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London: The Novel Mass Market Paperback – March 28, 1998

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Editorial Reviews

Amazon.com Review

Edward Rutherfurd belongs to the James Michener school: he writes big, sprawling history-by- the-pound. His novel, London, stretches two millennia all the way from Roman times to the present. The author places his vignettes at the most dramatic moments of that city's history, leaping from Caesar's invasion to the Norman Conquest to the Great Fire to (of course) the Blitz, with many stops in between. London is ambitious, and students of English history will eat it up. The author doesn't skimp on historical detail, and that's a signal pleasure of the book. Ultimately, though, the structure of the novel determines the lion's share of its success. Rutherfurd is a good storyteller and each vignette makes for a good story; however, he has given himself the inevitable task of beginning what amounts to a new book every 40 pages or so. Just as one begins to warm to the characters, they are hurried off the stage. You can't read London without a scorecard—but that's part of the fun. --This text refers to an out of print or unavailable edition of this title.

From School Library Journal

YA. Certainly not for the fainthearted, this 800+ page novel on the history of London is true to the author's form. Rutherford so skillfully weaves detailed fiction and fact that YAs may have to head for the reference books to verify which is which. Basically, the story is London's evolution from a trading post to the seat of an Empire and the families who lived that history. Through the adventures and everyday lives of these characters, one can go to Shakespeare's Globe Theater, tend the plague patients with Dr. Richard Meredith, attend hangings at Newgate Prison, weep at the loss of life and limb due to "God's fire," visit the taverns with Chaucer and his pilgrims, and have other experiences in this exciting city. A special book for readers who have a burning interest in history and the stick-to-itiveness to finish and reflect on it. A perfect choice for the summer hiatus or winter holidays.?Carol Clark, R. E. Lee High School, Springfield, VA
Copyright 1997 Reed Business Information, Inc. --This text refers to an out of print or unavailable edition of this title.
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Product Details

  • Mass Market Paperback: 1152 pages
  • Publisher: Fawcett (March 28, 1998)
  • Language: English
  • ISBN-10: 0449002632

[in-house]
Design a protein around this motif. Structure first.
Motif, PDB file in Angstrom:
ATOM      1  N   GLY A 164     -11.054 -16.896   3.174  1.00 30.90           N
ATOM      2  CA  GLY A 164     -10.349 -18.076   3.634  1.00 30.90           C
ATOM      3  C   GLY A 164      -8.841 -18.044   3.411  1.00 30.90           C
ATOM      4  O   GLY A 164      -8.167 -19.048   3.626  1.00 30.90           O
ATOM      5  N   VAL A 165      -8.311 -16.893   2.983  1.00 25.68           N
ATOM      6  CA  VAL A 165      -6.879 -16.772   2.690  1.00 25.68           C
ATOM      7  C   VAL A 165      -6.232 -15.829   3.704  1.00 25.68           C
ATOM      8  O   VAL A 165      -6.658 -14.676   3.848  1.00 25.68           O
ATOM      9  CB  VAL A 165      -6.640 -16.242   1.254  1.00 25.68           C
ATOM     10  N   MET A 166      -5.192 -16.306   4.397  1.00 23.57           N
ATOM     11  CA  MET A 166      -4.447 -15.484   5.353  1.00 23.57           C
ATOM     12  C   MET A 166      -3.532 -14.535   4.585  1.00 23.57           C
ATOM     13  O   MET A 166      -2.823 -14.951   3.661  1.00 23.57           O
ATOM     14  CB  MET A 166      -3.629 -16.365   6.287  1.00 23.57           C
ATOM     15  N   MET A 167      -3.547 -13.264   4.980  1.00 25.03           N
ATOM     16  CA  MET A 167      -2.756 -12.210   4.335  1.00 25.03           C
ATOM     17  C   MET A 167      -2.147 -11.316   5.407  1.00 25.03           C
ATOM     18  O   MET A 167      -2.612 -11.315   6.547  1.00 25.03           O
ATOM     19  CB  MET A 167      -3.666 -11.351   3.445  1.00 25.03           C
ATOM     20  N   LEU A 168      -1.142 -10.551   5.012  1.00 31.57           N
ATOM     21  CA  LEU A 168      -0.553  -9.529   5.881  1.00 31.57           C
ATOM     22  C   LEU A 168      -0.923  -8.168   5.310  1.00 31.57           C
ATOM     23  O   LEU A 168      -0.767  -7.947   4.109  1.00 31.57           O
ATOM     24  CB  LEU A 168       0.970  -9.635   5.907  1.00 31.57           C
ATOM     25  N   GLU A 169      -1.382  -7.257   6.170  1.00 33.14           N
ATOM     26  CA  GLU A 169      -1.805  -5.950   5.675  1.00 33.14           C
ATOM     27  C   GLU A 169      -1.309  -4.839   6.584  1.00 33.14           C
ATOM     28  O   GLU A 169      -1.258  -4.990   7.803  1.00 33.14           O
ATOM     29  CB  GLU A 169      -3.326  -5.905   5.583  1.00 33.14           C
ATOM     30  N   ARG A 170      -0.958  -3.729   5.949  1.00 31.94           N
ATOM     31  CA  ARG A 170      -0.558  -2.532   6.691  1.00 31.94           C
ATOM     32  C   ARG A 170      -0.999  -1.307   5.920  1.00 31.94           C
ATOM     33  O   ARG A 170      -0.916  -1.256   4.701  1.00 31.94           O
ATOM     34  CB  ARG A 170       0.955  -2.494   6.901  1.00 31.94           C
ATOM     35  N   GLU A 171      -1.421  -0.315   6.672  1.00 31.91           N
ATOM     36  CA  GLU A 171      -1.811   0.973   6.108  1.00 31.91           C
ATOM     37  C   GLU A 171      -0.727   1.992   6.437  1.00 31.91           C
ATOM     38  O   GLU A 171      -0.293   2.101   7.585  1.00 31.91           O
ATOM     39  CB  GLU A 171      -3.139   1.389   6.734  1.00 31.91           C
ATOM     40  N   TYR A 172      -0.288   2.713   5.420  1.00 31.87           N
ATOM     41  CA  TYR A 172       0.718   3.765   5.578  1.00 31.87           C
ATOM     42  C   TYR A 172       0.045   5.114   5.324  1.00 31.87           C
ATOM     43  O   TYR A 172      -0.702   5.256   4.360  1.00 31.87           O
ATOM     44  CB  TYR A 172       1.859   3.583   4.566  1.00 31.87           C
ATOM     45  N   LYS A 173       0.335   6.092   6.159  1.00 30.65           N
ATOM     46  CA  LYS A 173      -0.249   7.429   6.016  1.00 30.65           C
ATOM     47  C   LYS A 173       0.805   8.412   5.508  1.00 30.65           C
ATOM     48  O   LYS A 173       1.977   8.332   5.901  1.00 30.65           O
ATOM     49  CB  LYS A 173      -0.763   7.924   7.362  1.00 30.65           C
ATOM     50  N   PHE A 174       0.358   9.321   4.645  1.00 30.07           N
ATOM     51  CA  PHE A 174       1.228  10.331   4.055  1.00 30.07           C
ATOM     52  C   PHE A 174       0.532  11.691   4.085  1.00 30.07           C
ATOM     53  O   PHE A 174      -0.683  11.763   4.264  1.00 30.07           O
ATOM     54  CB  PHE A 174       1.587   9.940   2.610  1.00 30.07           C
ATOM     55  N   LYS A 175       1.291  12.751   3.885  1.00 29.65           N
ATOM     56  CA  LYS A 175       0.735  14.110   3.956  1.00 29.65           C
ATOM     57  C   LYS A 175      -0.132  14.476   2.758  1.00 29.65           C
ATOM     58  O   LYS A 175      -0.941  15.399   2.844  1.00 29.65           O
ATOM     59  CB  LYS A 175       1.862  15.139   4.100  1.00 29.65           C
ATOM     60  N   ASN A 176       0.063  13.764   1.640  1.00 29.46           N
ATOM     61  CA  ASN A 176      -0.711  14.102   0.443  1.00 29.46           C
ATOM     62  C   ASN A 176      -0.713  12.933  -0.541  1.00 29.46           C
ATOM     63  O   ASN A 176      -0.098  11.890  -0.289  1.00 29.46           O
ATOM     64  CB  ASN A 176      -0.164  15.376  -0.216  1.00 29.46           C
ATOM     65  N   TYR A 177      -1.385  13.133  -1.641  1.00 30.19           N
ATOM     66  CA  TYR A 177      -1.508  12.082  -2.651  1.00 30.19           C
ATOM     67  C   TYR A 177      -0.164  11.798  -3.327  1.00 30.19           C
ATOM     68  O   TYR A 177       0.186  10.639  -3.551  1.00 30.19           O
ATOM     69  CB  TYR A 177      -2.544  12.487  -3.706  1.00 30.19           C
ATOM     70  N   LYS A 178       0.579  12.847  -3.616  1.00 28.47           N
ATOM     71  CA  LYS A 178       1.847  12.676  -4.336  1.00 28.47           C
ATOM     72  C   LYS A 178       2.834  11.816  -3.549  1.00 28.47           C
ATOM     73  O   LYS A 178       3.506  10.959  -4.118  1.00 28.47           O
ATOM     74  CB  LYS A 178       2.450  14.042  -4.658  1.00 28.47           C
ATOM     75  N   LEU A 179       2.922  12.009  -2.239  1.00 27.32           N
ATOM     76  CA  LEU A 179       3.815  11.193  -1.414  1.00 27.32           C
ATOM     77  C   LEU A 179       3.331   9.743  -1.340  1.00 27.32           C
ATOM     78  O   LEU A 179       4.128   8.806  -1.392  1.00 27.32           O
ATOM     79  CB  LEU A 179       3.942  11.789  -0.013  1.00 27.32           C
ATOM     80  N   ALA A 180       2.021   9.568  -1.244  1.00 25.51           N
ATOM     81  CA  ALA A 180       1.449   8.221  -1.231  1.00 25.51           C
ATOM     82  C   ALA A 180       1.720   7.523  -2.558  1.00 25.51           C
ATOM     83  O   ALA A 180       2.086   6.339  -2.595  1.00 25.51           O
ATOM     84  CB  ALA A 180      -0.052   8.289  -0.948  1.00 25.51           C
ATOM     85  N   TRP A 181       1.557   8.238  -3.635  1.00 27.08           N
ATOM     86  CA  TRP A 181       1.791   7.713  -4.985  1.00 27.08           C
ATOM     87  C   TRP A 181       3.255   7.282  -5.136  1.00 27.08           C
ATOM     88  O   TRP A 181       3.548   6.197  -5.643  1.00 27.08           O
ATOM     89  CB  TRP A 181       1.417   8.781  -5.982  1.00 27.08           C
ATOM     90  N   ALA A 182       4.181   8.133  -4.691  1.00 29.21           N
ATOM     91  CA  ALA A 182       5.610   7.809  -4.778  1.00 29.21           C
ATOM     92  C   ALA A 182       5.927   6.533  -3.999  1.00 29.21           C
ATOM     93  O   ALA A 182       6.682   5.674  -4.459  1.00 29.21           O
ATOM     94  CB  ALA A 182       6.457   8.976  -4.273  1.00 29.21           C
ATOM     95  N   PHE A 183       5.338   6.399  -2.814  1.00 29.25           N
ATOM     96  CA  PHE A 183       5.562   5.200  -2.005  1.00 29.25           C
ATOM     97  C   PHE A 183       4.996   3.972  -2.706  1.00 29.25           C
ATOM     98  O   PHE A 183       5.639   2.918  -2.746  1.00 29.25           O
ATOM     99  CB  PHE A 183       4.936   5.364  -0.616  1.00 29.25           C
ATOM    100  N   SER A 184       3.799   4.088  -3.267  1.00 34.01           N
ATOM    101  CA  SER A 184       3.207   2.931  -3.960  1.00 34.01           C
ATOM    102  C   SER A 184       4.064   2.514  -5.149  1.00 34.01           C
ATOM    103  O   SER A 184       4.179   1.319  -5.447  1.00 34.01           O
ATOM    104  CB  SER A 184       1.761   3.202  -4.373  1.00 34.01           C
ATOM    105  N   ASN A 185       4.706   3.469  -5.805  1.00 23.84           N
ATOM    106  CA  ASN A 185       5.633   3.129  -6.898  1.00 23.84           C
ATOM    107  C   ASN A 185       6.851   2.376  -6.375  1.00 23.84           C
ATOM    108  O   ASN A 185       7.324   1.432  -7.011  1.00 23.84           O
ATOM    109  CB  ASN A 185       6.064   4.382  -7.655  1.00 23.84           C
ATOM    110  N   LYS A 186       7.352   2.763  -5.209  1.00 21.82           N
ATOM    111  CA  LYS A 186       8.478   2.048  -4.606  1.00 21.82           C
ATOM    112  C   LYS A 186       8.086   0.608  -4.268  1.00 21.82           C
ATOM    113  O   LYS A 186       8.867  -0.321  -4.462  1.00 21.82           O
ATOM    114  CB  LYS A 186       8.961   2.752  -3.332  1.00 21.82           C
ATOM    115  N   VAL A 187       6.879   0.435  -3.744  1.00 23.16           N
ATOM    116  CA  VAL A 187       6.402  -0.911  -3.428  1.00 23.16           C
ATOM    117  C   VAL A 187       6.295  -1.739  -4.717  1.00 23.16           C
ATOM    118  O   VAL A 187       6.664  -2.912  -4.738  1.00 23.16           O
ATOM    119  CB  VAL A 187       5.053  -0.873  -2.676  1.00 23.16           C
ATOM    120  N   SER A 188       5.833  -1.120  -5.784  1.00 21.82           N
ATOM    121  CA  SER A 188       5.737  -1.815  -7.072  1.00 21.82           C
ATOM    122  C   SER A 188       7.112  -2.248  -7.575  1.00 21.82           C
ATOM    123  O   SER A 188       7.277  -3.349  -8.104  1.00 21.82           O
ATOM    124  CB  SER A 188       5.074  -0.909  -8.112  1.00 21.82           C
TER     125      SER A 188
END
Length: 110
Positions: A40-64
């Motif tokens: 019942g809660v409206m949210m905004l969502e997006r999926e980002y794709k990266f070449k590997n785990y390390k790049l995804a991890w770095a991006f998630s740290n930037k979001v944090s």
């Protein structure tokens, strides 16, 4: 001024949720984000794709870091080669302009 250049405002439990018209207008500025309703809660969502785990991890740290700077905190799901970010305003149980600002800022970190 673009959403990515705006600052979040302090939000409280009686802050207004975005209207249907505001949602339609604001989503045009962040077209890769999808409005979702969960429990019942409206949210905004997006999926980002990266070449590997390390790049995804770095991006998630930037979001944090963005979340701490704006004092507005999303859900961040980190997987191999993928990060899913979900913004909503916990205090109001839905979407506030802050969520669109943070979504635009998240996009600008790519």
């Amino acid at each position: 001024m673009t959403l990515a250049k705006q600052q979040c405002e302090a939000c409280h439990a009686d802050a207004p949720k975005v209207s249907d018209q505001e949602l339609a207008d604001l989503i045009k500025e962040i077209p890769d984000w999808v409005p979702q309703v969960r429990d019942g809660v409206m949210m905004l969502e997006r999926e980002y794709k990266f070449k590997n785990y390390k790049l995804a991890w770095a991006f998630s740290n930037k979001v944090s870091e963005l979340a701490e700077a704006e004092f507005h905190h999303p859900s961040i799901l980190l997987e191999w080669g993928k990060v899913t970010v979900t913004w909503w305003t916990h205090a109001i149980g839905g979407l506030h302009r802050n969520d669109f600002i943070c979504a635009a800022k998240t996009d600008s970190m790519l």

• ISBN-13: 978-0449002636
  • Product Dimensions: 4.2 x 1.6 x 6.9 inches
  • Shipping Weight: 1.1 pounds (View shipping rates and policies)
  • Average Customer Review: 4.0 out of 5 stars  See all reviews (589 customer reviews)
  • Amazon Best Sellers Rank: #417,854 in Books (See Top 100 in Books)

More About the Author

Edward Rutherfurd was born in Salisbury, Wiltshire, and educated at Cambridge University and Stanford University in California. His first book, Sarum was based on the history of Salisbury. London, Russka,The Forest, Dublin and Ireland Awakening all draw on finely researched details of social history. Edward Rutherford has spent much of the last 30 years living in New York and Conneticut. He has an American wife and two American educated children and has served on a New York co-op board.

Customer Reviews

Top Customer Reviews

Format: Hardcover
This is a big, sprawling, initially intimidating (mainly because of its heft) but ultimately rewarding read -- a journey that follows several British families, from all walks of life, through 2,000 years of London's history. You'll start with the Druids and Caesar's crossing of the Thames, and finish with The Blitz and a bit of modern arachaeology. In between, you'll watch history come to life (each chapter revolves around a major event in British history), with the usual artistic embellishments expected of historical fiction. But it's all in the name of good fun, so don't be a stickler -- sure, modern-day English didn't come out of the mouths of the Tudors, but who cares? Rutherford is, for the most part, faithful to reporting events As They Really Happened and to Life As It Really Was.
While it's the Ducket/Doggett/DuQuette family that serves as the focus of the book (keep looking for those folks with the webbed fingers and the shock of white hair as you read), it's the City of London itself (and, arguably, its architecture) which is the book's real showpiece. Be prepared to stick an extra bookmark at the front of the book where the maps are, because you're going to need it. If there was a Roman road leading out a City gate, Rutherford has marked it in the text and you're going to walk down it eventually, so get your bearings early. The cast of characters also grows exponentially through the years, as family trees are wont to do, so keep the page of the family trees marked as well.